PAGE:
Spot the Scammer

I spent the last couple of weeks apartment hunting and it was a rather gruesome exercise. I wanted a place close to work so I wouldn’t have to sit in traffic every day. Unfortunately the CBD isn’t the cheapest area around so finding the “right” apartment has been difficult. I scourged Gumtree multiple times a day to no avail until one ad caught my attention. I emailed the poster and received a response soon after. In retrospect, there were so many signs in that email that screamed “scam!” that I should have been aware of, but because I was so eager on finding a place I let my hopefulness over-ride my cynicism.

1. When I opened the email, the first thing I noticed was the poor grammar. Even my mom can draft together something better than that and her English is mediocre at best.

2. He claimed to be a British citizen, yet his grammar reflected that of a 5th grader. The email was extremely detailed, yet he couldn’t be bothered to run spell-check?

3. Most scammers do a thing I like to call “emotional arbitrage”. They weave up a soppy story which normally involves death and a inheritance, and they use that as leverage. When we see something we want, we tend to over-rationalize even when at the back of our minds we know that it’s simply too good to be true. I wanted to find an apartment so badly that I wanted to believe he was genuinely doing it for his father and that maybe he really was a good guy without a profit motive.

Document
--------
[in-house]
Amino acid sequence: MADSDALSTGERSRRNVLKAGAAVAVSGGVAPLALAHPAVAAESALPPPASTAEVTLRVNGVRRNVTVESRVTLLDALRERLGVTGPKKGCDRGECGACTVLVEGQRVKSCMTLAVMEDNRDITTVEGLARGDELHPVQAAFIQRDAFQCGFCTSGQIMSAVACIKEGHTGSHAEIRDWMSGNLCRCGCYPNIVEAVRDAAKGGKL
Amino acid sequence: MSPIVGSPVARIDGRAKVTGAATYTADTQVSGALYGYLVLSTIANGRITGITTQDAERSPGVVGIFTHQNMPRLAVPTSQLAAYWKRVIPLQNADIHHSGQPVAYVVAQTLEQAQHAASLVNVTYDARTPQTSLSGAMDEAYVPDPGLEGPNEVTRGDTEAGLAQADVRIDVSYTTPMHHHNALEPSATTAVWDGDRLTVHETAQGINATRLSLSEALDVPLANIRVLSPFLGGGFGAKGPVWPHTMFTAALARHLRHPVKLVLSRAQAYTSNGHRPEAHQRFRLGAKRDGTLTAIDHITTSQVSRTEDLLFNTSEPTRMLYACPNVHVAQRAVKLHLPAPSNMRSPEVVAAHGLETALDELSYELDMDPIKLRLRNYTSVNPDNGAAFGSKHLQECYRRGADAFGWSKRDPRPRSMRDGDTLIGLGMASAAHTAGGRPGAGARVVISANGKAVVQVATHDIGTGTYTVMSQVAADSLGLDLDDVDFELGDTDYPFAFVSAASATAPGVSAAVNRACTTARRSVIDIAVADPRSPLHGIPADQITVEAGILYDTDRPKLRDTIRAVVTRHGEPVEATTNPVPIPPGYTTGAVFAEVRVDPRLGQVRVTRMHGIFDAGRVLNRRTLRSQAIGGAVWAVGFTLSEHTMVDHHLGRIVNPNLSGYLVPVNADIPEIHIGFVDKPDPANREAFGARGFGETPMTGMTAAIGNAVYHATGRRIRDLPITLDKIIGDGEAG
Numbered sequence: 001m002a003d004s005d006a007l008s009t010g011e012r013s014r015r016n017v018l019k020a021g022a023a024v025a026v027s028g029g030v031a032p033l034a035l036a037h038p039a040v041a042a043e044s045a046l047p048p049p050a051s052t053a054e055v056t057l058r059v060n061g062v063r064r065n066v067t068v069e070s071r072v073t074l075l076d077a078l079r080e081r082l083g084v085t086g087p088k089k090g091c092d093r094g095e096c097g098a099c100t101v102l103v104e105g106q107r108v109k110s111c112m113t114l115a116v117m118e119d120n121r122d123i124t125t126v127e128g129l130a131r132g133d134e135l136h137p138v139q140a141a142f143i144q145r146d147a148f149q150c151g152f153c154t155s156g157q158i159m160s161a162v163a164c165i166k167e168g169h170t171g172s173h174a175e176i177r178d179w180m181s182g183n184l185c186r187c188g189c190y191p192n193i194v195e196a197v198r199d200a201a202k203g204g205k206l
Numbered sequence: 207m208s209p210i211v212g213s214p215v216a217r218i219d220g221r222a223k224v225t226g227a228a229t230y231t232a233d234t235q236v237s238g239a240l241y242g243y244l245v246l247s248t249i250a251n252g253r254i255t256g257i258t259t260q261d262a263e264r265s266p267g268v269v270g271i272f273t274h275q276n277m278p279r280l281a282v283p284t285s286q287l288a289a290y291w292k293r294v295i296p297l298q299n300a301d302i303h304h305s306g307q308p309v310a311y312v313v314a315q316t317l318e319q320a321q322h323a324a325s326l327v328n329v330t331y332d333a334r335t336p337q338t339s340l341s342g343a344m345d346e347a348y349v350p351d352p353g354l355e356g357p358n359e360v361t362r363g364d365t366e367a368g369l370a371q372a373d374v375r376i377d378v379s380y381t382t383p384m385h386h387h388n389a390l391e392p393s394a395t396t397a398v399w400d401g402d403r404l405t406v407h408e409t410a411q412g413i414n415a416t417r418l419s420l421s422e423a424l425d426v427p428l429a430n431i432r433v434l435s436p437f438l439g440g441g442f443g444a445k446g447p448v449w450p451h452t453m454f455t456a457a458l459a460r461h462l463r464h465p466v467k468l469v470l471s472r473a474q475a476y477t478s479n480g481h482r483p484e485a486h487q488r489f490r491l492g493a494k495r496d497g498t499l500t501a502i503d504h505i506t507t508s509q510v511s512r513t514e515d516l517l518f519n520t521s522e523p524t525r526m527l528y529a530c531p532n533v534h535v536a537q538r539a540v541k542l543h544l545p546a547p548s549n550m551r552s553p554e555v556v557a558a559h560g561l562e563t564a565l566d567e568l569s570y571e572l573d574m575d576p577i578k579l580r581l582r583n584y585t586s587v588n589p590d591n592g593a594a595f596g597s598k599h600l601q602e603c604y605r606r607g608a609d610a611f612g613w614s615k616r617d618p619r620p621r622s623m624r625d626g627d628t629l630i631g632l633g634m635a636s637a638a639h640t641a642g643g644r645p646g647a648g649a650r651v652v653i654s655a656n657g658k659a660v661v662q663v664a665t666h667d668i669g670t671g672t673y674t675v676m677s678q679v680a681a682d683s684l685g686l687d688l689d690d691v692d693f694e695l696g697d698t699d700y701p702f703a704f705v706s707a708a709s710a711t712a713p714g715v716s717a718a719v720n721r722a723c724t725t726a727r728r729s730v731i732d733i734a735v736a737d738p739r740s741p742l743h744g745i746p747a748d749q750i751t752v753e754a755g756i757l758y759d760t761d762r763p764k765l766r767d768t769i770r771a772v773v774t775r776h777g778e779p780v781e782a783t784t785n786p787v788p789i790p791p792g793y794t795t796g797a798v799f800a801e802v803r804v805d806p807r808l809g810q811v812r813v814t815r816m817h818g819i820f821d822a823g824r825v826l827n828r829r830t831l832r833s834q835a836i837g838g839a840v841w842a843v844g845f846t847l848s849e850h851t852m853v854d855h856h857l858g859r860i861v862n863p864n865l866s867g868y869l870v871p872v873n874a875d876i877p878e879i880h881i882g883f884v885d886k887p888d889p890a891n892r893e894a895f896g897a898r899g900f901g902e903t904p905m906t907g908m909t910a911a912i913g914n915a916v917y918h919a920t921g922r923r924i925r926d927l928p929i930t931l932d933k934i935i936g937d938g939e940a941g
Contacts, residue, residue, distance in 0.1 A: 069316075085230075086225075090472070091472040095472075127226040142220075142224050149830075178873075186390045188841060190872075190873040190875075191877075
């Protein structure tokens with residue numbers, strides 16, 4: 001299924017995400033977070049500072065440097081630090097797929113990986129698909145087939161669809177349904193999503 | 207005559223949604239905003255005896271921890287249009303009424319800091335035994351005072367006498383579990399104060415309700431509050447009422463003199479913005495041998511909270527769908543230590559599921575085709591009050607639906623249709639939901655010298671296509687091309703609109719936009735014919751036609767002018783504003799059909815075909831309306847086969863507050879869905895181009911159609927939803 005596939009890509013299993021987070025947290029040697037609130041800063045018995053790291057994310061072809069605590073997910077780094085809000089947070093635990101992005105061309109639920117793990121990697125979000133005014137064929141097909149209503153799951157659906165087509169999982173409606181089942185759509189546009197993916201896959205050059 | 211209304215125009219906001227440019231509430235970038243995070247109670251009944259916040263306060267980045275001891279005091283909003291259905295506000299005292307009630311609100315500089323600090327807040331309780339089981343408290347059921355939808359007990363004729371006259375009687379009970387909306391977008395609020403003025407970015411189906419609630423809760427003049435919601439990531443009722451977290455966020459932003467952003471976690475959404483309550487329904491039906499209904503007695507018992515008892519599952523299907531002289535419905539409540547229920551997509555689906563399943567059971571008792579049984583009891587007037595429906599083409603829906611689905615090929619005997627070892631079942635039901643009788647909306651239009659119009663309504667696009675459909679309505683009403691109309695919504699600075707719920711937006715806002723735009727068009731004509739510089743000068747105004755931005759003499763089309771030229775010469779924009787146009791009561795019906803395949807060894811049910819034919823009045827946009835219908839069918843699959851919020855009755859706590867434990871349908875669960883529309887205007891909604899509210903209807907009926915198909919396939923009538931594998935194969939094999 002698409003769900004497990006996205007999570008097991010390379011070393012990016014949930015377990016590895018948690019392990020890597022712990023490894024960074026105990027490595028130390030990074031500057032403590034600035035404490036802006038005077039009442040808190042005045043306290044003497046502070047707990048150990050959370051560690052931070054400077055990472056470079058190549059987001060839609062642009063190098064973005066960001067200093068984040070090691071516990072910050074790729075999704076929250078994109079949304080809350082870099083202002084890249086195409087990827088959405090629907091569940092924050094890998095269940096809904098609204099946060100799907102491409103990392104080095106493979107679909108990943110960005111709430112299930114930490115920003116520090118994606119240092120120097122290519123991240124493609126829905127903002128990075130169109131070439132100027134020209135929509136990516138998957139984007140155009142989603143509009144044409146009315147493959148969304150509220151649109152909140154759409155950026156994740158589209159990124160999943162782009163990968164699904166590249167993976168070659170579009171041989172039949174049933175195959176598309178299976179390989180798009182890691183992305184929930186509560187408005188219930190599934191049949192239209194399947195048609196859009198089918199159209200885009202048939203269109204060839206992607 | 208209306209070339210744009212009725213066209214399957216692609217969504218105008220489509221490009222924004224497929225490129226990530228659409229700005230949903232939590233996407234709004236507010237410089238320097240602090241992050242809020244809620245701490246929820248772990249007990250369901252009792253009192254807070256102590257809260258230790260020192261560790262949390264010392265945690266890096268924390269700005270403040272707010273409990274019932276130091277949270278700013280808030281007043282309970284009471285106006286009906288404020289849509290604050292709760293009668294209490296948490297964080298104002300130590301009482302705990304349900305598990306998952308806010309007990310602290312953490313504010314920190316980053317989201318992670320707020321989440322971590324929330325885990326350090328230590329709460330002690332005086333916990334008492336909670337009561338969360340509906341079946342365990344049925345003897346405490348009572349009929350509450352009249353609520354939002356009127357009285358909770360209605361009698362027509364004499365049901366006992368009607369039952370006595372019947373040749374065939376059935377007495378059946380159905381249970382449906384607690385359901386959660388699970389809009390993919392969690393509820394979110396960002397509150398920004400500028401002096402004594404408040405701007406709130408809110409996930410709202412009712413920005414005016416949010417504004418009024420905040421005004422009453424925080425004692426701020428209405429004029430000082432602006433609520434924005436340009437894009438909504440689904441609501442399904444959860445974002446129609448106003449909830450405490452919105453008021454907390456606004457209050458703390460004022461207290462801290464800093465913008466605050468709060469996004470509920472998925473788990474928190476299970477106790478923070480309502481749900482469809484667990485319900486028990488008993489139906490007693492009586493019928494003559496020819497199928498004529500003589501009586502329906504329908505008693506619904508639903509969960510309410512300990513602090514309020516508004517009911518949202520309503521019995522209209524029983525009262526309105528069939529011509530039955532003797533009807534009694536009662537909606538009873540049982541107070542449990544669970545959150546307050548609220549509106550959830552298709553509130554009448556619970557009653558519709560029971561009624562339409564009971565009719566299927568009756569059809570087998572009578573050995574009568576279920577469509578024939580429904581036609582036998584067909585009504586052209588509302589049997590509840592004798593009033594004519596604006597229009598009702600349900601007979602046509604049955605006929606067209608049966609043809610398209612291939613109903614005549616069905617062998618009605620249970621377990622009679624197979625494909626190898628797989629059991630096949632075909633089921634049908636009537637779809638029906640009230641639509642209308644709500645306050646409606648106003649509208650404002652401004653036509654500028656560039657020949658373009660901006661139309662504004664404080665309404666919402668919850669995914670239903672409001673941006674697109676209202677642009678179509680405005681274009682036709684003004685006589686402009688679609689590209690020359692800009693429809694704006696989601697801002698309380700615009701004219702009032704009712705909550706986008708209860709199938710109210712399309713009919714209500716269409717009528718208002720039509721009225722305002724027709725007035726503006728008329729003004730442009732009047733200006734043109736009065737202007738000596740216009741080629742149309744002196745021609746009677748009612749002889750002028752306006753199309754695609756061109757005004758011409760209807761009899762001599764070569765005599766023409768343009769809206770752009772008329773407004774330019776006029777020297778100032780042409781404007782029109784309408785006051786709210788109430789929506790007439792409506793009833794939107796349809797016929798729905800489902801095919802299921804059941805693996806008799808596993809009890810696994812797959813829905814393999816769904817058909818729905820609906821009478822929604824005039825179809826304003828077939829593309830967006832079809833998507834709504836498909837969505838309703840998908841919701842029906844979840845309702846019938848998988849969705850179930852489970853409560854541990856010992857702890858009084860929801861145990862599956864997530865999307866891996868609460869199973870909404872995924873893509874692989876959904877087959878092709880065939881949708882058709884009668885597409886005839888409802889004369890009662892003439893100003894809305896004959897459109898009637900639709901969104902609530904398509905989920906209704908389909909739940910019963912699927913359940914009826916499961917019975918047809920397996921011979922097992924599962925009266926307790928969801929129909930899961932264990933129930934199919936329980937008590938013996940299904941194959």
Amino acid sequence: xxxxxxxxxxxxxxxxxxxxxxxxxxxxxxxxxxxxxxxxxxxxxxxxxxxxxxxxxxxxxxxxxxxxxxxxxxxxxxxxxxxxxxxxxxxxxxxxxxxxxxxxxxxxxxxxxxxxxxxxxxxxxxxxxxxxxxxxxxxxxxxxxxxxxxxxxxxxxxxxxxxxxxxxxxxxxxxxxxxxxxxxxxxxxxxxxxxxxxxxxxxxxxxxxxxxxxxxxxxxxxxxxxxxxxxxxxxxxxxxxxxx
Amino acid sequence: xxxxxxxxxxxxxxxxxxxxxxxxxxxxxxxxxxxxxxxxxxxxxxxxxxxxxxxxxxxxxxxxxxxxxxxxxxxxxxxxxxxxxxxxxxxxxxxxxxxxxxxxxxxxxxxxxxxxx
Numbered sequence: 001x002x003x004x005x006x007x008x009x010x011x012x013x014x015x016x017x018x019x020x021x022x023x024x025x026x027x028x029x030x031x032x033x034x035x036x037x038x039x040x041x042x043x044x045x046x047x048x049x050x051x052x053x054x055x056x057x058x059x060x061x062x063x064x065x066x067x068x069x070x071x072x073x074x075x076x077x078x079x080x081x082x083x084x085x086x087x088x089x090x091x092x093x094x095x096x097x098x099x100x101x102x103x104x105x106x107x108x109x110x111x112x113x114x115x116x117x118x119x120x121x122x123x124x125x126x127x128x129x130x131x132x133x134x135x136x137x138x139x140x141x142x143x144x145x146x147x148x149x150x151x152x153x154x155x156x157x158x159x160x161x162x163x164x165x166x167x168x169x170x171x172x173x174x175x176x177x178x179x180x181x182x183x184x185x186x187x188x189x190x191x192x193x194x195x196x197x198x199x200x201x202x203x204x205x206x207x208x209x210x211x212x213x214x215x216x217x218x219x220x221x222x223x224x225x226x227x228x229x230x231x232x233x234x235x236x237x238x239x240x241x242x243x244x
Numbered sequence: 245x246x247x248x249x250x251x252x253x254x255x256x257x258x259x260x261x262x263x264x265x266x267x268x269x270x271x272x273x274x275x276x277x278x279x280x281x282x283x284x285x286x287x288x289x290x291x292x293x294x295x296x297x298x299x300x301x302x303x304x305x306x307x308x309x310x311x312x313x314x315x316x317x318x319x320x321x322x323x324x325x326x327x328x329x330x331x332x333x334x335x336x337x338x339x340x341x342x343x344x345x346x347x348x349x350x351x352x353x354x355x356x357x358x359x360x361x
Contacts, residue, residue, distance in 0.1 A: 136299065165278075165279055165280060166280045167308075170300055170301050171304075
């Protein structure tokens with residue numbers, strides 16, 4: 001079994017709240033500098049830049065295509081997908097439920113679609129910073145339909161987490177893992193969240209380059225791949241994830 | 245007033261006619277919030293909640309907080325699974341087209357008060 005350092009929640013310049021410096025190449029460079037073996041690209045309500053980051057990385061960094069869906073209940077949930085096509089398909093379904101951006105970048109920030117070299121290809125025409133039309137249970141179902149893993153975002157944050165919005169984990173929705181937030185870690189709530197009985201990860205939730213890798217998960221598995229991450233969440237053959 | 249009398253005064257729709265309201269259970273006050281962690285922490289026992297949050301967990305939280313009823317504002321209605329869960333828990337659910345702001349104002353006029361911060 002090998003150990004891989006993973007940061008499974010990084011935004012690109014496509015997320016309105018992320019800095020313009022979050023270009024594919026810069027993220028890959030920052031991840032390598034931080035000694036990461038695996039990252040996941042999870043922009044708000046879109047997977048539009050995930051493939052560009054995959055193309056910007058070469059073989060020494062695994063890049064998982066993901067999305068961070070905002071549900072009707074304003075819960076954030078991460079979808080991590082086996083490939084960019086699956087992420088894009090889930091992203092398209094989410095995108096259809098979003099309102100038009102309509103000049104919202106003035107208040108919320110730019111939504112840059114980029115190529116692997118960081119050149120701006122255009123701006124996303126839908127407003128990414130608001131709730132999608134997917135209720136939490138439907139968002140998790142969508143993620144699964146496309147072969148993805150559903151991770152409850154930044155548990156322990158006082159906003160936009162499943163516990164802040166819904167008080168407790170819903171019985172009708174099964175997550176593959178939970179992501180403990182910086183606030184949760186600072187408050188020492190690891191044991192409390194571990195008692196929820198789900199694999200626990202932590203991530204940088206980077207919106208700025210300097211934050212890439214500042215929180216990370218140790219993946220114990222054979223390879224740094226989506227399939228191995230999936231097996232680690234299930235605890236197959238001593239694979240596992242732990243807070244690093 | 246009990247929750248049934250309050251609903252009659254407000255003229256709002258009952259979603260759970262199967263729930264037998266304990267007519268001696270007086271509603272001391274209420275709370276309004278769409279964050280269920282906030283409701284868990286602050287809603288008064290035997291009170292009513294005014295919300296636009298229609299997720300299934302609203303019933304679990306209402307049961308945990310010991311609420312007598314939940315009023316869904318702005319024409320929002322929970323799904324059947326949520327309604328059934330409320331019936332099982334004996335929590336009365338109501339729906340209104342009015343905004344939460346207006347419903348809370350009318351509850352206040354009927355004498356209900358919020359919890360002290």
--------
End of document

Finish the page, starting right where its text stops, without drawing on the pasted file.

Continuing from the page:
4. The average rate for a low-end 2-bedroom apartment in that area is about R6k – R7k, yet he only asked for R4k. The email came with a set of pictures which showed a decent sized apartment with nice furnishings which would have gone for R9k in an arms-length agreement.

5. As an internet friend pointed out, the “posting the keys” part sounded like complete bullshit. The fact that he wasn’t physically present in SA and he didn’t do this via an agency just didn’t compute.

Later on, he emailed me an application form which, as before, was riddled with spelling and grammatical errors. However, the author of the document was something other than the name he proclaimed to be.

He didn’t ask for money; instead, he wanted my photo and all my details. Identity theft much? Needless to say I put him on my blocked list.